October 29, 2008
A good article I just read was from a magazine I received called Christian Research Journal. The article was called "Reasonable Skepticism about Radical Skepticism" by Hendrik van der Breggen, PhD.
Breggen gave, quite convincingly, counters for many of the different type of skepticisms. I was hoping it was online, but it isn't, so here is the Reader's Digest version.
Funky/Pop skepticism, a good example is the Matrix movies that claims nothing we see, hear, taste, or touch is real.
The Doctor's five counters included imagining the doubt isn't the same as actually to doubt or imagining isn't doubting. To think otherwise is to conflate two distinct cognitive categories. Another is mere logical possibility of (x) is not the same as adequate justification for (x). Mere assertion of a mere logical possibility. If we accept mere assertions of bare logical possibilities as grounds for truth we should believe all mere assertions.
Sensory skepticism, our scenes deceive us, thus we cannot know the external world. When strolling on along railroad tracts, I see that the metal rails look straight and parallel, but on the horizon they appear to meet or a mirage in the desert of water.
A rational reply would be first always does not follow logically from sometimes. Our senses' prima facie veridicality- that is, their very apparent truthfulness, remains. Senses are innocent until proven guilty, as long as we have no overriding reason to doubt them, as long as we are careful.
Immanuel Kantian skepticism, the external world in rose colored, subjective glasses.
A rational reply would be if Kantian skepticism is true then science's search for causal connections/laws ultimately is a search for connections/laws that are not really in the world but in our heads. Second, as Jim Leffel astutely observes, "The success of scientific technology is a strong argument that our perceptions of the world are relatively accurate. Countless achievements attest to the reliability of human knowledge [including our knowledge of the causal principle]. We can engineer enormously sophisticated rockets to propel men to the moon, and provide health care that has more than doubled human life expectancy. We couldn't do these things without an essentially reliable correspondence between our ideas of reality and reality itself."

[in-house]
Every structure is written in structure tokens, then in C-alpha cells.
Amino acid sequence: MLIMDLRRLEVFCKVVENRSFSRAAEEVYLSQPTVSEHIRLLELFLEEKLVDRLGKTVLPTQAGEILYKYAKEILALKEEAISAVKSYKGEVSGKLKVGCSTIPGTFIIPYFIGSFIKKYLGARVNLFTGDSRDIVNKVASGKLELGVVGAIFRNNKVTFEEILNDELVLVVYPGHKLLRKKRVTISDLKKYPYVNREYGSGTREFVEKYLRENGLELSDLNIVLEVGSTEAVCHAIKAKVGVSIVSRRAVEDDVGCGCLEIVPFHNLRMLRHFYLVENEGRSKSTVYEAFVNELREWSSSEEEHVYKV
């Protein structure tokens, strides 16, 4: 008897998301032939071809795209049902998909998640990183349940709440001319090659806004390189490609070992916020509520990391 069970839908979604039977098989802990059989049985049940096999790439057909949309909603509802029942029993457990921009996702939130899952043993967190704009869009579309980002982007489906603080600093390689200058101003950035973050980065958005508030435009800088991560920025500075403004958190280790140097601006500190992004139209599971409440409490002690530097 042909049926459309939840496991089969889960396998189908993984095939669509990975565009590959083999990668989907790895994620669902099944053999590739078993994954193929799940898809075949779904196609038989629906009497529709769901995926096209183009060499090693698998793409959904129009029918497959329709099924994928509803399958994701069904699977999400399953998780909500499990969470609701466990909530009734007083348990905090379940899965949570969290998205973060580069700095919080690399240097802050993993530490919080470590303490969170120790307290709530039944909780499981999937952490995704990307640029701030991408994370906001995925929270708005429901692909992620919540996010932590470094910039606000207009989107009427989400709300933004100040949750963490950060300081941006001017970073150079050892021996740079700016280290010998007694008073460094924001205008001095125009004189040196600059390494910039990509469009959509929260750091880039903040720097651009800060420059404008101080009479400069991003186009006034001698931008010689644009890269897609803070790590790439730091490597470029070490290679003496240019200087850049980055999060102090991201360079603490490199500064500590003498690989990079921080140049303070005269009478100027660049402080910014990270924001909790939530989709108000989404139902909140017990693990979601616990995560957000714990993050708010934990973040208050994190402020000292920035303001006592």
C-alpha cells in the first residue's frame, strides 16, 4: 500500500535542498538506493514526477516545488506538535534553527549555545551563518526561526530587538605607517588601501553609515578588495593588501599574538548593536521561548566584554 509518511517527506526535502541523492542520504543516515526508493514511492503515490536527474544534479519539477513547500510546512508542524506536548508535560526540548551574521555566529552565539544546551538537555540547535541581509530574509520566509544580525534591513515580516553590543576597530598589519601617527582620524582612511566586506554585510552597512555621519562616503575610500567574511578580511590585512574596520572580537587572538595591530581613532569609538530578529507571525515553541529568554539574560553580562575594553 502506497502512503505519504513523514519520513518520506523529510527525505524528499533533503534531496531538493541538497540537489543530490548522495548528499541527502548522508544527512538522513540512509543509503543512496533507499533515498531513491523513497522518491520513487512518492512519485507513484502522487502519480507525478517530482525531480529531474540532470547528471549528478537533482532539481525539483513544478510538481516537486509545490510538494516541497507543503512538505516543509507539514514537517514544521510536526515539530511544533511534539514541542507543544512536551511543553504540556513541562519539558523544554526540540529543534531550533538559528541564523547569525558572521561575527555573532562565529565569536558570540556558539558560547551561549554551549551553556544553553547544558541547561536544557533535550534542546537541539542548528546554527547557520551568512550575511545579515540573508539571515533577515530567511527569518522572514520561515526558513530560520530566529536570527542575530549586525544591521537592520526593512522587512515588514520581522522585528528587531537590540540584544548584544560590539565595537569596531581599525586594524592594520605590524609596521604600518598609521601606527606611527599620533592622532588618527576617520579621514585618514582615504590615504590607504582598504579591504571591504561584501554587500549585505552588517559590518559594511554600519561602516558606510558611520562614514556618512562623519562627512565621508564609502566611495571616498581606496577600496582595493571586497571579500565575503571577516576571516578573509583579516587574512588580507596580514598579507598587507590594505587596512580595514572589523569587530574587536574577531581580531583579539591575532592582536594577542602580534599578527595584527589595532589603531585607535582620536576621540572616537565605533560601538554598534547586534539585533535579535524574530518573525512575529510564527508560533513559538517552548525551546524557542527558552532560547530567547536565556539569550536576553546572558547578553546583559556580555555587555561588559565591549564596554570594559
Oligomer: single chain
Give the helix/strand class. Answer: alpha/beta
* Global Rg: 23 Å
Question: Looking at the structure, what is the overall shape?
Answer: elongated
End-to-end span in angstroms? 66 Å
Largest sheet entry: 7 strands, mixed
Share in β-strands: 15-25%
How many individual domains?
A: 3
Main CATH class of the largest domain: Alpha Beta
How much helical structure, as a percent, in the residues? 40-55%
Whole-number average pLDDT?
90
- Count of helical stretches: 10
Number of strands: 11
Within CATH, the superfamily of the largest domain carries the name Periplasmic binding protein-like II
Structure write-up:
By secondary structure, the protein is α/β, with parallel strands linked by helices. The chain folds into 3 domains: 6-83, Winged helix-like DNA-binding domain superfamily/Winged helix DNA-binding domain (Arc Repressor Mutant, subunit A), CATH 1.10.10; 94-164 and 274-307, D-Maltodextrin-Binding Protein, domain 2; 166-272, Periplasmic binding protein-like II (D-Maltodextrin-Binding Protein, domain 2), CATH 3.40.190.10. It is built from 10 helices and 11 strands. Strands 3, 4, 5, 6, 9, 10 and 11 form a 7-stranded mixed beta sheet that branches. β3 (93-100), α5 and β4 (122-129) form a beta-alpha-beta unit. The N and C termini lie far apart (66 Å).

Linguistic skepticism Kind of a postmodern philosophizing, we cannot know truth about the world in an objective way because of the distorting effect of language.
There is no objective truth; each community has it's own mere 'story' or 'narrative'
There is no objective rationality; we reason in language, which is culture-dependent.
There are no objective ethics; values are relative to culture, too.
Therefore power rules; the dominating culture group ultimately controls the language (wittingly or unwittingly), so it determines "truth," rationality, and ethics.
A rational reply would be it is simply not the case that language is completely defined by other language. There is such a thing as ostensive definition. Objective truth and principle of noncontradiction arguments apply. Moral relativism can be seriously challenged. Poking pins into baby's eyes for fun surely is wrong for everyone, everywhere, and always. (hey, that sounds familiar) The fact that language and power are often intertwined is ground for caution not radical skepticism. Language is not wholly a power play; we are capable of communicating knowledge.
The article concluded with this brilliant nugget:
It turns out that because we can know at least some of the external world (in a limited way), we can find reasonable evidence for the existence of God. Scientifically based evidence and good reasoning lead us to believe that the universe had a beginning; that it was caused; that cause transcends matter, energy, space, and time; that the arrangement of the universe was fine-tuned for life; and that life itself-the cell's molecular machines and DNA's code/language- is exquisitely fine tuned. All of this points to an intelligent and powerful supernatural cause. Historical investigation of the external world gives is further reason to believe the New Testament's witness concerning Jesus' life, death, and resurrection. In other words, the external world points us to the Christian worldview, the gospel, and a reasonable faith in Jesus Christ.
I found Hendrik van der Breggen's blog and will be checking in often.